Takahashi Kobo Andon (lantern)

When we hear the word "Ukiyoe" we think of Katsushika Hokusai's pictures of giant waves, Toshusai Sharaku's pictures of actors, and so on.

Many of these were produced as woodblock prints, and are said to be the roots of Japanese printing technology, which is characterized by colorful, multicolor printing.

The technique is called "Edo Mokuhanga (woodblock print)" and has been handed down traditionally for over 400 years, mainly in Tokyo. Using materials and techniques unchanged since the Edo period, craftsmen are still reviving Ukiyoe woodbblock prints loved by the people of Edo in the modern age.

Takahashi Kobo has been in the family of Edo woodblock print printers for generations, and since the fourth generation, we have also been a "publisher".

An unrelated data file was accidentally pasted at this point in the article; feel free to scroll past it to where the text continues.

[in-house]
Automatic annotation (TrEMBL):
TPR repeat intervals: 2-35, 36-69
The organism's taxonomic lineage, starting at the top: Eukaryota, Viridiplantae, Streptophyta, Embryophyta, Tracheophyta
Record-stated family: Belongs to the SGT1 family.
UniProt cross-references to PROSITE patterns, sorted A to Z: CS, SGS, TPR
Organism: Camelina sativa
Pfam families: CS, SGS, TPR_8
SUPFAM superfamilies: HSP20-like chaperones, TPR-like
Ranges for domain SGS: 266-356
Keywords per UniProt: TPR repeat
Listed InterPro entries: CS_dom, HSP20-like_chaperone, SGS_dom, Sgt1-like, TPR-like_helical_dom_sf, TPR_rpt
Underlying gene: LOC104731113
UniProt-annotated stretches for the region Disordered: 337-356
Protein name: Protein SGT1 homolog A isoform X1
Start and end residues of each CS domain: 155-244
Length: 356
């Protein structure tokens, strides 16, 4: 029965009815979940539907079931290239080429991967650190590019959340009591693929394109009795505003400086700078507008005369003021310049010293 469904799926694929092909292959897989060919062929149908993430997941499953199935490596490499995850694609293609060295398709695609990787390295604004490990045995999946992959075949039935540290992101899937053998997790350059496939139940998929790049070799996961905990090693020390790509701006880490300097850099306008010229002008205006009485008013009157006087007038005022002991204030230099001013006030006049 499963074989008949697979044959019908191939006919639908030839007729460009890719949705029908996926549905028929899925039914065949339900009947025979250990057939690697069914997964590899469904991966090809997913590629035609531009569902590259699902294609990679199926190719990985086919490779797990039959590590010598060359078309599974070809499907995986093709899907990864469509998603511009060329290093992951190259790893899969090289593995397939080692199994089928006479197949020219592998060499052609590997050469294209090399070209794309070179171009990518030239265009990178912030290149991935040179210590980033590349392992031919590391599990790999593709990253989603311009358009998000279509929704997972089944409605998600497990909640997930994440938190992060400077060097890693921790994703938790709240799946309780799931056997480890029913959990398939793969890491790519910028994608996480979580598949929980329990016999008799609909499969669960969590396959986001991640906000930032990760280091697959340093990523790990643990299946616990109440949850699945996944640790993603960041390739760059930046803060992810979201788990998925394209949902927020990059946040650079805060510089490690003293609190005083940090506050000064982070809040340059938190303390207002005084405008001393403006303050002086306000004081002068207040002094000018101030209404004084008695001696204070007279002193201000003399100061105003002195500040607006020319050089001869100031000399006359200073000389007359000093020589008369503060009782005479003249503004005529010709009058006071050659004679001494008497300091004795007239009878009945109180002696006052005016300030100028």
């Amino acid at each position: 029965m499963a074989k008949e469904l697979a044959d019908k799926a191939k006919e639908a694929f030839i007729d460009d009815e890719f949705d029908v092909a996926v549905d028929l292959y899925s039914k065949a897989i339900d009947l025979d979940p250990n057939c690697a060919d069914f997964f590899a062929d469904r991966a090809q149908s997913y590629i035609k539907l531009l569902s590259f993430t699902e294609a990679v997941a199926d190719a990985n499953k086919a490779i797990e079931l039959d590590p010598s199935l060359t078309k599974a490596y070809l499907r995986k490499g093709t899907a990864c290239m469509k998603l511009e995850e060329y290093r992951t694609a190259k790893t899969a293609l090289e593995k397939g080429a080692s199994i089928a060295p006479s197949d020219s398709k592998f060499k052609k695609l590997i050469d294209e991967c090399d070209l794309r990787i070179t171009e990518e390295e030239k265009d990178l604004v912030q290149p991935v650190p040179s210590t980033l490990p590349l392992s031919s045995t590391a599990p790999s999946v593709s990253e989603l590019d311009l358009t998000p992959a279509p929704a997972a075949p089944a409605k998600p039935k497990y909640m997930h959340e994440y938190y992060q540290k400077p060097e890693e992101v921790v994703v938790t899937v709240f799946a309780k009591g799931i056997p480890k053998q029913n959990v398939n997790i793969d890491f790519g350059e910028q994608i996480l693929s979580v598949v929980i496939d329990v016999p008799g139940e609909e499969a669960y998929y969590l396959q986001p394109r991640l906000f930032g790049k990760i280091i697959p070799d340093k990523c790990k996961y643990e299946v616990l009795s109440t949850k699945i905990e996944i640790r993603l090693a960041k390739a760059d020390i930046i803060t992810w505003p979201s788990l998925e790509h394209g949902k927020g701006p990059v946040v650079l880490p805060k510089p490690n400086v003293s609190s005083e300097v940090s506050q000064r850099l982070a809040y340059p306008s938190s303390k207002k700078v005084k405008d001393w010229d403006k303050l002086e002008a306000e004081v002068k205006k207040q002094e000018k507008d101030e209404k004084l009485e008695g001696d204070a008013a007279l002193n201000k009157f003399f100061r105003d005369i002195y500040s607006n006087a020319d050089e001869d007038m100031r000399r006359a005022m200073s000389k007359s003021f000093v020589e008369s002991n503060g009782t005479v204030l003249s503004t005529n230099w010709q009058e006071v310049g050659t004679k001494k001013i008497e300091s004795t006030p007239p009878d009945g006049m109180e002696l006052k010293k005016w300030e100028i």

Since its establishment more than 160 years ago, we have continued to produce traditional woodblock prints.

This product is arranged in an unprecedented way to make Ukiyoe accessible and enjoyable in the modern age.

Ukiyoe prints are a unique Japanese multicolor printing technique that is completed by layering color plates on top of contour lines. The design behind this process, with only some of the design elements extracted, has been symbolically applied to the four sides of the paper Andon (lantern).

The coloring has been kept to a minimum to match contemporary lifestyles, allowing visitors to enjoy Edo woodblock prints from a new perspective. In the old days when there was no electricity, candles were used to light the lanterns. The frame of this product is made of steel and uses two AA batteries.